What you need to know before registering for Spring 2021

Spring course schedule is released; registration will open at the end of October. Photo credit: Anna Panek

The course schedule for spring was released on Monday, Sept. 28 and can be viewed on eservices. Registration for students begins at the end of October.

All courses that were scheduled to be offered this spring, will be offered. However, as usual, there have been changes as to how many sections of each course will be offered due to changes in enrollment.

Courses will be offered in similar formats as the fall semester. The breakdown of formats is as follows: completely in-person (24%), hybrid (32%), hyflex (5%), online synchronous (19%), and online asynchronous (20%).

The breakdown looks a little different than fall semester simply for that fact that MINNSTATE changed the definition of what hybrid means. Many courses got their format label shifted from hybrid to online synchronous.

Formats of delivery are not set in stone due to the nature of the pandemic and ever changing circumstances. It is very likely that there will be times where students or instructors will have to quarantine and not be able to attend classes on campus. The flexibility of delivery formats will allow students and instructors to still be present in the courses, even if they are in quarantine.

Daniel Gregory, Provost and Vice President for Academic Affairs, explained three other reasons why formats of delivery may change during the spring semester.

“Not every department has submitted their spring [delivery formats], there are always adjustments based on enrollment, and the University is constantly adjusting to whether our faculty can teach or not if they were to become ill,” explained Gregory.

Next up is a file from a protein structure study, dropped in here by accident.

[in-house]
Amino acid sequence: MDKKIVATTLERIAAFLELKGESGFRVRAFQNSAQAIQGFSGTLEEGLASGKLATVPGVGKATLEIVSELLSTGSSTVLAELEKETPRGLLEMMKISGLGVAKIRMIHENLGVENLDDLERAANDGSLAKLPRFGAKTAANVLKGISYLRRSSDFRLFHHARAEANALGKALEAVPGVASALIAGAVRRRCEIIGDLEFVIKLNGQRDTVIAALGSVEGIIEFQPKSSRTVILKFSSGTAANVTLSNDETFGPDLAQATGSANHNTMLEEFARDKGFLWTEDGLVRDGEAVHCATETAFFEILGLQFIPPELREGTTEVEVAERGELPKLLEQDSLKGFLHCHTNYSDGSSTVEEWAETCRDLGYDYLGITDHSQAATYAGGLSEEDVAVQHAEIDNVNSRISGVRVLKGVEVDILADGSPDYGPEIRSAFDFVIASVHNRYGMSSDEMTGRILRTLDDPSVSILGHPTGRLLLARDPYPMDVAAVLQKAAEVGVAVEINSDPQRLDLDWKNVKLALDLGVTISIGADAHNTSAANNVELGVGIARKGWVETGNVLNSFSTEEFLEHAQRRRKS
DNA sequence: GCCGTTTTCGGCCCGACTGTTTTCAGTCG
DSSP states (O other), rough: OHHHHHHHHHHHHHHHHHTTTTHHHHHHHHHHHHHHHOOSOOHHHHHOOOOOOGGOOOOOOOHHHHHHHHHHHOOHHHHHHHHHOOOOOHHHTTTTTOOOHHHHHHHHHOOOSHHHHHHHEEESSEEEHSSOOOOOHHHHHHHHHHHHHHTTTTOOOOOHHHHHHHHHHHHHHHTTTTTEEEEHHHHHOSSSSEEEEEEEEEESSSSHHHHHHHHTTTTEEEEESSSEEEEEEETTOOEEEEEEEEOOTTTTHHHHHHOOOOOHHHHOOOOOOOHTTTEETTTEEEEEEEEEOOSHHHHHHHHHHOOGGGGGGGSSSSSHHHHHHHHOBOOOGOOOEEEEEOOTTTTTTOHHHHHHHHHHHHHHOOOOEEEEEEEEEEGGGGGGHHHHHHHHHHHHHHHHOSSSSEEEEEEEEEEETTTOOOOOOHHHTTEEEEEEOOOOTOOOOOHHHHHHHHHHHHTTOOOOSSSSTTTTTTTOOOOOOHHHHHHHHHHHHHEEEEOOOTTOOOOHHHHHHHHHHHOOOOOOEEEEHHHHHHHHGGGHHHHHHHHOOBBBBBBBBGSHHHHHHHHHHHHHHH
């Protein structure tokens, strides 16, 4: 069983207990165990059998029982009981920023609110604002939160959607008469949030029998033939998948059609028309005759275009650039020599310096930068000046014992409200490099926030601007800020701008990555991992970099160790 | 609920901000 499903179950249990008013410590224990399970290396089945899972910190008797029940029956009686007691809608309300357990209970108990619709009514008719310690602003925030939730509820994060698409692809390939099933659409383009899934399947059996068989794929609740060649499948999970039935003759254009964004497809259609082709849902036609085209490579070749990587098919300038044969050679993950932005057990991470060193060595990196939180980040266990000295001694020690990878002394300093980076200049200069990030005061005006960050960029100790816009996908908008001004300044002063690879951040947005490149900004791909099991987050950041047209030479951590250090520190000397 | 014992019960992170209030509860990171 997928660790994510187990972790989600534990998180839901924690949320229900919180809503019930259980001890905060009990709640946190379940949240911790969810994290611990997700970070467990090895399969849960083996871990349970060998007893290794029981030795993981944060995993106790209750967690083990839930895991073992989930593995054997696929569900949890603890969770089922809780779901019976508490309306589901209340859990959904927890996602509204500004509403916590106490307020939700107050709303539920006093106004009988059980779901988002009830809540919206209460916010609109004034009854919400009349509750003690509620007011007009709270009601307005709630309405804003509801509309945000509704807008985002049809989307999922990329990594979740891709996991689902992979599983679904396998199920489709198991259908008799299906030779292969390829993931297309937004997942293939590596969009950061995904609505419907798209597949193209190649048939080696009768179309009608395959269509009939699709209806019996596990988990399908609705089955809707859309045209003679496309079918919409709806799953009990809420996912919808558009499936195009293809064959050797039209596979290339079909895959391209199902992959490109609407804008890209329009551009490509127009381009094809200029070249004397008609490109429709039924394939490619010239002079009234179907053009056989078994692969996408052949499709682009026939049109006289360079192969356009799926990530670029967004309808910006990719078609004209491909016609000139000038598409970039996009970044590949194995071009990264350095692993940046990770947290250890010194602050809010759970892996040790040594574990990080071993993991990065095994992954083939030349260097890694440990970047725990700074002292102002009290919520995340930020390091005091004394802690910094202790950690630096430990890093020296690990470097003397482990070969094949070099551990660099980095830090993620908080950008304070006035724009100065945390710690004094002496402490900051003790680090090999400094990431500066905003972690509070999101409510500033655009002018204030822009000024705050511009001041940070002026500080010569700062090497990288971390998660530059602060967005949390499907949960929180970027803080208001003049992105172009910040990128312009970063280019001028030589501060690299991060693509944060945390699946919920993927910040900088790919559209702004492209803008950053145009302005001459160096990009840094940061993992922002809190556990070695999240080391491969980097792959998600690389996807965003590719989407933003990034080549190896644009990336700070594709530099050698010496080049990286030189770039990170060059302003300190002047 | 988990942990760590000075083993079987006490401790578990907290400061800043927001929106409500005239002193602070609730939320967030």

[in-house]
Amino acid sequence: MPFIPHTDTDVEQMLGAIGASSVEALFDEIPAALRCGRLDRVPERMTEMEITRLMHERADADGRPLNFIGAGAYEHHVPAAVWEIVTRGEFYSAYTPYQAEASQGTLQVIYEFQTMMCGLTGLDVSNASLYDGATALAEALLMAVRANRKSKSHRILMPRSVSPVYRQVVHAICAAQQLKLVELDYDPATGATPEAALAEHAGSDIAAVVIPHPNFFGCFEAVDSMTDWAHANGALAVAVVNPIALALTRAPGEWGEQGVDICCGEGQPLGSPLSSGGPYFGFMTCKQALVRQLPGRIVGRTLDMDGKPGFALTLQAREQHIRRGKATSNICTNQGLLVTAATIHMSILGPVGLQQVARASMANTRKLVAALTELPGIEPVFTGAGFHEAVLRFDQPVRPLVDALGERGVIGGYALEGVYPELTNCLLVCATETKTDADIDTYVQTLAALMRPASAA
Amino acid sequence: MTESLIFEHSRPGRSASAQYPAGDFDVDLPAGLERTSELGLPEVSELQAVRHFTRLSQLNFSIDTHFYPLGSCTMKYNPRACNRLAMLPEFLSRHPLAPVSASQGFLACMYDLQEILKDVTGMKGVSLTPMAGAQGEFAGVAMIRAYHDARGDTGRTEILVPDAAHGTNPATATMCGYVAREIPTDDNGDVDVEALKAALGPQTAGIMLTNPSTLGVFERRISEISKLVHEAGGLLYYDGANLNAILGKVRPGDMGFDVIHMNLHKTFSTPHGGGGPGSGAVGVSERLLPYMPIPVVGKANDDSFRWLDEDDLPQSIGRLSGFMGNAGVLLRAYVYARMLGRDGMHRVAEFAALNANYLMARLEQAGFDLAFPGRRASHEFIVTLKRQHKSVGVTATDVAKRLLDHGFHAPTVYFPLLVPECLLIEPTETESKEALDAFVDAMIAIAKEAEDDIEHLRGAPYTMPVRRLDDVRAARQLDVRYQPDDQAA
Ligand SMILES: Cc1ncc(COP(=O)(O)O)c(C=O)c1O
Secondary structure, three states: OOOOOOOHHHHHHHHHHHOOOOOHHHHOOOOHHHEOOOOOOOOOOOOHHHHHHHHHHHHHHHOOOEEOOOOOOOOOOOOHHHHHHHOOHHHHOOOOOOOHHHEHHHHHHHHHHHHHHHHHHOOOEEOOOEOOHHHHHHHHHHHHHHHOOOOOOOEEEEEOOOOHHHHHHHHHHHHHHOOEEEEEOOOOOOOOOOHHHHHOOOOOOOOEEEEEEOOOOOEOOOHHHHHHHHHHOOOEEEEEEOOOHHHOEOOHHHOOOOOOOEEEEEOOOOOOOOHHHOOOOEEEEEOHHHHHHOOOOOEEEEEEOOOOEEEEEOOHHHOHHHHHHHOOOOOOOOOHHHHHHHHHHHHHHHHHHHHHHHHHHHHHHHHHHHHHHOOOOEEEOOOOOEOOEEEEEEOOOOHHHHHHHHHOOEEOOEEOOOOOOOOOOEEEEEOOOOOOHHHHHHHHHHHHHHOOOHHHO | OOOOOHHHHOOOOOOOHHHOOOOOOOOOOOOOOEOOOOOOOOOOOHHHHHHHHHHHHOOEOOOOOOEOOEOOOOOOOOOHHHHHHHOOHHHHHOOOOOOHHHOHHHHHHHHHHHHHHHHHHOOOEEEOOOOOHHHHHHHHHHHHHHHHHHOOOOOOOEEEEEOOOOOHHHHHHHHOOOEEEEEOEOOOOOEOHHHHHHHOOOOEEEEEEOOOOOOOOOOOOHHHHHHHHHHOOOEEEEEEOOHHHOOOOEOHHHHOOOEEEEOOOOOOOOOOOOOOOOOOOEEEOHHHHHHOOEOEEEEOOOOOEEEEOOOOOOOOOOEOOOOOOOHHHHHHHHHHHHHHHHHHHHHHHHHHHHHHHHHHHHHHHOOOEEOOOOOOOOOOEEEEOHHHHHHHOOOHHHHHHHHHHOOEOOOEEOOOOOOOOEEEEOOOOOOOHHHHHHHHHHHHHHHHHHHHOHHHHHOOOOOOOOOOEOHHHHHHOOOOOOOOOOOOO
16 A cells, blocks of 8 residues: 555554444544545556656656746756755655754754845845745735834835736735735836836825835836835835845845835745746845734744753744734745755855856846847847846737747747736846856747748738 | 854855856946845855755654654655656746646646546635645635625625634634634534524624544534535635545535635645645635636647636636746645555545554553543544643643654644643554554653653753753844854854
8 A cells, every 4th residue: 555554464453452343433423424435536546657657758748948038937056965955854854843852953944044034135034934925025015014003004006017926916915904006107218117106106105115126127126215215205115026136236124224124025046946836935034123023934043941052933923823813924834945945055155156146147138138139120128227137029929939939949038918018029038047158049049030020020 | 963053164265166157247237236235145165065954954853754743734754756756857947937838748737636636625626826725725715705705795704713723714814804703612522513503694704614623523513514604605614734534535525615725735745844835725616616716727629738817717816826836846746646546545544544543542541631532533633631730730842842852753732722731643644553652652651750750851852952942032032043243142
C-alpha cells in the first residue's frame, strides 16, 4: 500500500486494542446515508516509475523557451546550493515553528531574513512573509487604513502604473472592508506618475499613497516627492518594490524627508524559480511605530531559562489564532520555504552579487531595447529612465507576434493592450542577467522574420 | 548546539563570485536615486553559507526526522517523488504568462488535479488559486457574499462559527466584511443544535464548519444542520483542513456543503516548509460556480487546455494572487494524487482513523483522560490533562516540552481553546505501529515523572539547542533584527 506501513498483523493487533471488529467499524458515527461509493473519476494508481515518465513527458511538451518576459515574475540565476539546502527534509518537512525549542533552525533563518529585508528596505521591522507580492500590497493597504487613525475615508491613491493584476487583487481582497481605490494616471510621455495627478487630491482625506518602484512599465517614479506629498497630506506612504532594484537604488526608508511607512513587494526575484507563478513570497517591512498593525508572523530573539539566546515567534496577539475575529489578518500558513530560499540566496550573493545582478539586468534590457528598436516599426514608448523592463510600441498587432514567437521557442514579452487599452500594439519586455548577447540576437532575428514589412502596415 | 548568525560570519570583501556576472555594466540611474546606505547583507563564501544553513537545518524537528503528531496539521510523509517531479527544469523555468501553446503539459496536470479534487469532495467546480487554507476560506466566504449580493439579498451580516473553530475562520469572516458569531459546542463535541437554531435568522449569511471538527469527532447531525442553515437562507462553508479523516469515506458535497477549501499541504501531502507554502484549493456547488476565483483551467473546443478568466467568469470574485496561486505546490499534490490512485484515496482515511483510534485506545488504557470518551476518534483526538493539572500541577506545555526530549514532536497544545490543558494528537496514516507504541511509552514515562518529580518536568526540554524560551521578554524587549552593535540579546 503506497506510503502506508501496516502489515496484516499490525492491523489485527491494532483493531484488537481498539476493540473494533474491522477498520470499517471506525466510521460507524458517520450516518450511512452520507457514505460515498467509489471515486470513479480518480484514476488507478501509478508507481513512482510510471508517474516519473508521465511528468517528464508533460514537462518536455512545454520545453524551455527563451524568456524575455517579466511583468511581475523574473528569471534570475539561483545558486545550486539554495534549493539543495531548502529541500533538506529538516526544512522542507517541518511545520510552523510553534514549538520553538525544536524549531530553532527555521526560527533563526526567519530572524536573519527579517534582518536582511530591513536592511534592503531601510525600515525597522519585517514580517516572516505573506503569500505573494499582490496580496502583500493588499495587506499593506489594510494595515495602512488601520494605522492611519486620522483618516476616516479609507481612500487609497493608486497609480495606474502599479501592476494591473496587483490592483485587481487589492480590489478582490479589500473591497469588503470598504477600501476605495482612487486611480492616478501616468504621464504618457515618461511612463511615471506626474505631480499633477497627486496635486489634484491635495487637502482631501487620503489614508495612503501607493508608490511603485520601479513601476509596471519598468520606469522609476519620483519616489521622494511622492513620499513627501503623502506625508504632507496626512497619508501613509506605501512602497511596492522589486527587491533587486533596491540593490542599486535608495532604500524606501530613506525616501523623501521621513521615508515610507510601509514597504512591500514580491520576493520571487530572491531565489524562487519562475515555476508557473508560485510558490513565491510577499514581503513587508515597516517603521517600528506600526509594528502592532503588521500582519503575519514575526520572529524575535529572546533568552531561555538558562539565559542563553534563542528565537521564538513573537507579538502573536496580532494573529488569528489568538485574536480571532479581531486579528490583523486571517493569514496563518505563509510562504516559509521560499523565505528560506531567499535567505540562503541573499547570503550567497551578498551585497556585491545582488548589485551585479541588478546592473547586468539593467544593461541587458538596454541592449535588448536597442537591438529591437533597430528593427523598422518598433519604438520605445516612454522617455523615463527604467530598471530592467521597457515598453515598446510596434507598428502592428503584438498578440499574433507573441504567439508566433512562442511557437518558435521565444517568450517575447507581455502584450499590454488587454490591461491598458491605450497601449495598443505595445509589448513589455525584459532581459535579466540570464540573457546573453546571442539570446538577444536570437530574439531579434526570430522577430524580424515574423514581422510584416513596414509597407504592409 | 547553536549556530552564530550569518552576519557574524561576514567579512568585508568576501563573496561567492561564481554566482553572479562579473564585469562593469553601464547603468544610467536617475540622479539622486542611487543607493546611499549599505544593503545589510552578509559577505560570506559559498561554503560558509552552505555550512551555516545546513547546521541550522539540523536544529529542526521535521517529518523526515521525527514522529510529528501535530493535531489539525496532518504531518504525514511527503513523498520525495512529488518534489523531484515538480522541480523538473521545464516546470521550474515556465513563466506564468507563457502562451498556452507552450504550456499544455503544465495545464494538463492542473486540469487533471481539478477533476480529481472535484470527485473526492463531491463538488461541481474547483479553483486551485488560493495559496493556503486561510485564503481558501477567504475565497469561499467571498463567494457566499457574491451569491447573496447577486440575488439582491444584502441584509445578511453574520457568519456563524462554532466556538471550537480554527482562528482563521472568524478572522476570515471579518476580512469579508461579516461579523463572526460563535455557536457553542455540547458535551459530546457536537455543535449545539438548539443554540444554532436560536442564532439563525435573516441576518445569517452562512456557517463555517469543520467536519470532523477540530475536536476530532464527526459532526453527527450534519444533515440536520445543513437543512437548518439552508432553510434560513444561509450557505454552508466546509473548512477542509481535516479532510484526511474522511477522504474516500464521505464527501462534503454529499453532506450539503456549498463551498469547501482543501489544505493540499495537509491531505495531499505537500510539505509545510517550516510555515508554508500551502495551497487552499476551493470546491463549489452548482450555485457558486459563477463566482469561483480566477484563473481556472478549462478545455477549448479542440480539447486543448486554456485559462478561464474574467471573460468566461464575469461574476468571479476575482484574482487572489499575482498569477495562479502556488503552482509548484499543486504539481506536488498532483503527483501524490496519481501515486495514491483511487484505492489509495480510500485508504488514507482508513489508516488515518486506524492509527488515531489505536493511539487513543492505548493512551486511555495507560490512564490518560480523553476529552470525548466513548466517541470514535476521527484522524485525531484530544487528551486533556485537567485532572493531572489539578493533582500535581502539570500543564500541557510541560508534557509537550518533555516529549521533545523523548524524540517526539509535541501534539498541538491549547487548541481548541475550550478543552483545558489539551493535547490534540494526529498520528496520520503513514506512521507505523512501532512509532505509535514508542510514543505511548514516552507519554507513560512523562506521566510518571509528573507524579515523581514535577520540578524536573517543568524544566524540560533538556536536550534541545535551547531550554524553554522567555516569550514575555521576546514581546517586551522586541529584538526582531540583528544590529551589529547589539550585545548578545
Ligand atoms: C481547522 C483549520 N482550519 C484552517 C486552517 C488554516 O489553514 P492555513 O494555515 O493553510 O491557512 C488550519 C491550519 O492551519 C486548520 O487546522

That being said, Gregory reassured that students would be given advance notice to any changes in course delivery.

“Once a student’s life gets structured, it can be very disruptive to change that structure,” reassured Gregory.

Some schools and colleges within St. Cloud State have higher levels of online and in-person course deliveries. For example, the Herberger Business School has a higher percentage of completely online courses due to the requests of their students, whereas the College of Science and Engineering has more in-person course delivery options due to the nature of lab courses.

Before registering for classes, students should meet with their advisor, talk with their professors, and/or reach out to the Advising and Student Transitions. For students who are not able to get in contact with their advisor, or do not receive a response, they should contact the chair of the department. The chair will be able to help with advising.

“It is really okay to not know what you want to do,” said Gregory. “You are trying to make a decision before you really know what your options are. . . . There may be options you have never heard of.”

Roughly 10-15% of students switch major at some point. Talking with your advisor, talking with professors of classes you are currently taking and enjoying, or even reaching out to the student relation directors in the college or school can all be helpful in the decision project. The best advice for students who are undecided is to ask questions.

Signing up for classes can be stressful, and likely the delivery plan for courses is not what anyone had in mind. Students who are feeling isolated or simply need to talk to someone should reach out to a professor, their community advisor if they live in a residence hall, or contact Counseling and Psychological Services.

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Anna Panek

Anna is a junior at St. Cloud State University and is double majoring in Math Education and Spanish Education, with a minor in Special Education. She is the Managing Editor for the University Chronicle this year. When she is not at campus attending class, working as a learning assistant or math tutor, or writing for the University Chronicle, she enjoys volunteering, reading, being overly competitive at board games, and telling horribly funny puns.

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